That could have been me, he whispered, because I could have stalked the wonderful beautiful woman! But I didn’t…

The procession from the church where the curate had conducted the funeral service was unbelievably long, winding along paths between sections of the graves until they arrived to where the Reverend Joshua Clarke stood, tears already streaming down his face.

In sobbing silence the pall-bearers lowered the coffin into the yawning chasm where The Reverend still stood watching and thinking and even remembering. Then one after the other his legs slowly buckled and he let them.

Amy was in the Earth and a whisper at the back of a mind that was barely working told him that so was he.

There had been one more time when he had seen her before the end, this end, came.

And that had been another funeral, the very last one that he had conducted himself. One of the twins she had given birth to had fallen prey to Covid at the age of seventy one, and Amy had been there, in a wheelchair, to bid her farewell, and Amy was by then ninety three, and she still had that magical smile and her glorious hair, though white now, still hung over her shoulders like if had always done.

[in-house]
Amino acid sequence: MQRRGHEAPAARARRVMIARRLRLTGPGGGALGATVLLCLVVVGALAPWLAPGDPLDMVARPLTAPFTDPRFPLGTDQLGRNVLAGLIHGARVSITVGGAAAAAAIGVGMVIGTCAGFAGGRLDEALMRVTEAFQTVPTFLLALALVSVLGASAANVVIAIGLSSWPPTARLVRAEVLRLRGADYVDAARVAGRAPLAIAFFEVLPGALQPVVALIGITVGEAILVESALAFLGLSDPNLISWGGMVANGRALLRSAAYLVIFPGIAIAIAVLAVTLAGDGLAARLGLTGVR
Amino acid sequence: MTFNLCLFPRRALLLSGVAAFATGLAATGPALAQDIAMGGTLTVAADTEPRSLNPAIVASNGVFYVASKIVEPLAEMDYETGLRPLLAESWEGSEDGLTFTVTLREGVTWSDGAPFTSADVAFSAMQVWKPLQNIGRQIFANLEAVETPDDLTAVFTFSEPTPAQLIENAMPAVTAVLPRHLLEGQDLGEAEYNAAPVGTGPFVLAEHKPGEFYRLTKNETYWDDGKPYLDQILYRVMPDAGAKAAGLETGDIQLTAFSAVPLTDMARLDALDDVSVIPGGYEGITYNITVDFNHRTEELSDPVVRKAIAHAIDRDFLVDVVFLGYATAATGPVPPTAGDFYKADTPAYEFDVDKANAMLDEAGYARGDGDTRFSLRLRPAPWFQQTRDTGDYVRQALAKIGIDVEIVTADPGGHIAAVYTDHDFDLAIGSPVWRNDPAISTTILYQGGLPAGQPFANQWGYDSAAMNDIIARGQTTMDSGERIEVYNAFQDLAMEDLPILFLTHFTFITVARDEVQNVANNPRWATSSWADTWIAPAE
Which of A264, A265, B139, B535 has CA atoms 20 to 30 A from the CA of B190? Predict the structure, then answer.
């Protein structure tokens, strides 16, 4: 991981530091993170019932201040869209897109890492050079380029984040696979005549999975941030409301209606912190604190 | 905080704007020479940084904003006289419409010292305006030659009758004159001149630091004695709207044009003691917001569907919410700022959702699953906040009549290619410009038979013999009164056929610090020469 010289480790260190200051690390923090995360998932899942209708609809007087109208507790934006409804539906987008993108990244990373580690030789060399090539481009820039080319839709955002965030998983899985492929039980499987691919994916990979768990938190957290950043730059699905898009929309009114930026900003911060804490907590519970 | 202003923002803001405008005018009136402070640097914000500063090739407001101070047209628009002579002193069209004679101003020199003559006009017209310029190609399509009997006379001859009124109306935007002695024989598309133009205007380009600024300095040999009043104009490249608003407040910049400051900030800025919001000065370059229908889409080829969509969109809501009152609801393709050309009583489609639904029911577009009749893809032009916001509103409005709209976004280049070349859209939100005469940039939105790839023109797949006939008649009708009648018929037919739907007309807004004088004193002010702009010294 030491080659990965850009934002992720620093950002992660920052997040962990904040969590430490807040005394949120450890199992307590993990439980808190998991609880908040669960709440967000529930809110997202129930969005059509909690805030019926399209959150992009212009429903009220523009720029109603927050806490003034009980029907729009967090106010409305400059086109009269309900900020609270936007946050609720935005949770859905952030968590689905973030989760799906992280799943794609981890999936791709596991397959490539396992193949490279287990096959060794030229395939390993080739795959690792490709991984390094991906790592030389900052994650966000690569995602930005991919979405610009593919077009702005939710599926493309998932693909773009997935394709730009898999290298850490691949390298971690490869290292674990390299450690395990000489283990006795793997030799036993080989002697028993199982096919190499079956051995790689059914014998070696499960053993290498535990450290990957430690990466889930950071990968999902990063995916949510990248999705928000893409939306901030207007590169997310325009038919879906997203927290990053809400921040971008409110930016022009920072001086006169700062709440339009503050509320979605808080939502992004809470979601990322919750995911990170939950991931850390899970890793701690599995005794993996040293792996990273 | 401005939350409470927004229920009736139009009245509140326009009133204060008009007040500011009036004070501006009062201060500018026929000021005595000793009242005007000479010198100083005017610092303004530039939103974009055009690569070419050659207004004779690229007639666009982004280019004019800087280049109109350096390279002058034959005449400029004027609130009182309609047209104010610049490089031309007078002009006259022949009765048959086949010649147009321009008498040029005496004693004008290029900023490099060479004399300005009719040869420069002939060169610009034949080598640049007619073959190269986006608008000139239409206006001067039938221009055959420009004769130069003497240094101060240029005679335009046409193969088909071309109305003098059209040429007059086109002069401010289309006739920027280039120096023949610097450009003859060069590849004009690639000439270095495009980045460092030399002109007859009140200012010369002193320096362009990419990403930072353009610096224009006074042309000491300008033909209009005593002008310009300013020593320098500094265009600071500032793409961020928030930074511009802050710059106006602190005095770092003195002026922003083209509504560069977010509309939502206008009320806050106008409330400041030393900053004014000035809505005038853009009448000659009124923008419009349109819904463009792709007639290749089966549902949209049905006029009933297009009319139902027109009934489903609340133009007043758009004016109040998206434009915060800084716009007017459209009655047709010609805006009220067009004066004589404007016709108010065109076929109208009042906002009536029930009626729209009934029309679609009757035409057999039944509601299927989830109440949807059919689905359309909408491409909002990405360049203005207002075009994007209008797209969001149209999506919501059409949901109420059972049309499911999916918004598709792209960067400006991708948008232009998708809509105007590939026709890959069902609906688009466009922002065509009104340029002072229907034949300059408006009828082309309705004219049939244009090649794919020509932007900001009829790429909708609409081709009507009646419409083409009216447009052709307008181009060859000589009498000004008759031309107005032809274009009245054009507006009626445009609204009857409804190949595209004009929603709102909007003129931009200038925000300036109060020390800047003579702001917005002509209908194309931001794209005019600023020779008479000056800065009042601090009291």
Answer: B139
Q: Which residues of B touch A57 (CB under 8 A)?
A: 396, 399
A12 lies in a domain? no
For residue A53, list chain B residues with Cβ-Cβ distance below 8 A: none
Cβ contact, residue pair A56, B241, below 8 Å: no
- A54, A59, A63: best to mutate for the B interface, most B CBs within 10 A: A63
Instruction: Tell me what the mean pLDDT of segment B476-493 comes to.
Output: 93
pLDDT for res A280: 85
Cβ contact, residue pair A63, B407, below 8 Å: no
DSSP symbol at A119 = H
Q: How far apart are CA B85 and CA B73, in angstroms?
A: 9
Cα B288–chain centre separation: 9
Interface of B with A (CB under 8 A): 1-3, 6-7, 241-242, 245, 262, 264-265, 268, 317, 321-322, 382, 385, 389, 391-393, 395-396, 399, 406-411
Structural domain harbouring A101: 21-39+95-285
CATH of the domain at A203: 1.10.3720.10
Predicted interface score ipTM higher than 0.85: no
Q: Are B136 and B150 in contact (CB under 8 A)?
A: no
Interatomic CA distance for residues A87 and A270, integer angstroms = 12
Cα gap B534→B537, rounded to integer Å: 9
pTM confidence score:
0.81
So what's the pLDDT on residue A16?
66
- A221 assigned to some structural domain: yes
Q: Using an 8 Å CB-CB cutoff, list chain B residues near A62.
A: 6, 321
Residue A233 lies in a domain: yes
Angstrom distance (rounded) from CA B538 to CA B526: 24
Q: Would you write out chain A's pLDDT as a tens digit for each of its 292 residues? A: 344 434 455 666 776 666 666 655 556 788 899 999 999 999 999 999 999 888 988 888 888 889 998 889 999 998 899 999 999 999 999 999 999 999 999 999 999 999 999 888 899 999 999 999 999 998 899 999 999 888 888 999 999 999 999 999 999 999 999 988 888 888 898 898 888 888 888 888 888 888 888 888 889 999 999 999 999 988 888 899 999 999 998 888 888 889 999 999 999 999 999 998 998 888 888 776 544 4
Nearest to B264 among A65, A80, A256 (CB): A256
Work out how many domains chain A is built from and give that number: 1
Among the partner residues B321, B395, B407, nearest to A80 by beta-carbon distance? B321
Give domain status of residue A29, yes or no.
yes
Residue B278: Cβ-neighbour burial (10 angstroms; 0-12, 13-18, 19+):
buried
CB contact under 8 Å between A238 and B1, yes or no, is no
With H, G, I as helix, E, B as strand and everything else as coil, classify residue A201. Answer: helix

And with that shadowy memory playing itself out in his mind he fell forwards as his feeble legs yielded to the inevitable and he fell, slowly at first, then faster, into the open grave, and crashed into the simple coffin where Amy was waiting for him.

If he had thought anything at all it would have been at last.

© Peter Rogerson, 24.03.23

© 2023 Peter Rogerson

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It was a surreal experience, living such a long life, watching someone so intimately and desiring them yet never letting on. He was a true lover, who in a way was united with the love of his life. Perseverance pays.

Your storytelling is awesome and I can't wait to return for more..

Posted 2 Months Ago

Peter Rogerson

2 Months Ago

Thank you for your thoughts. I do enjoy exploring those experiences that make us who we are.

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1 Review
Added on March 24, 2023
Last Updated on March 24, 2023
Tags: marriage, birth, twins, death


Peter Rogerson
Peter Rogerson

Mansfield, Nottinghamshire, United Kingdom

I am 79 years old, but as a single dad with four children that I had sole responsibility for I found myself driving insanity away by writing. At first it was short stories (all lost now, unfortunately.. more..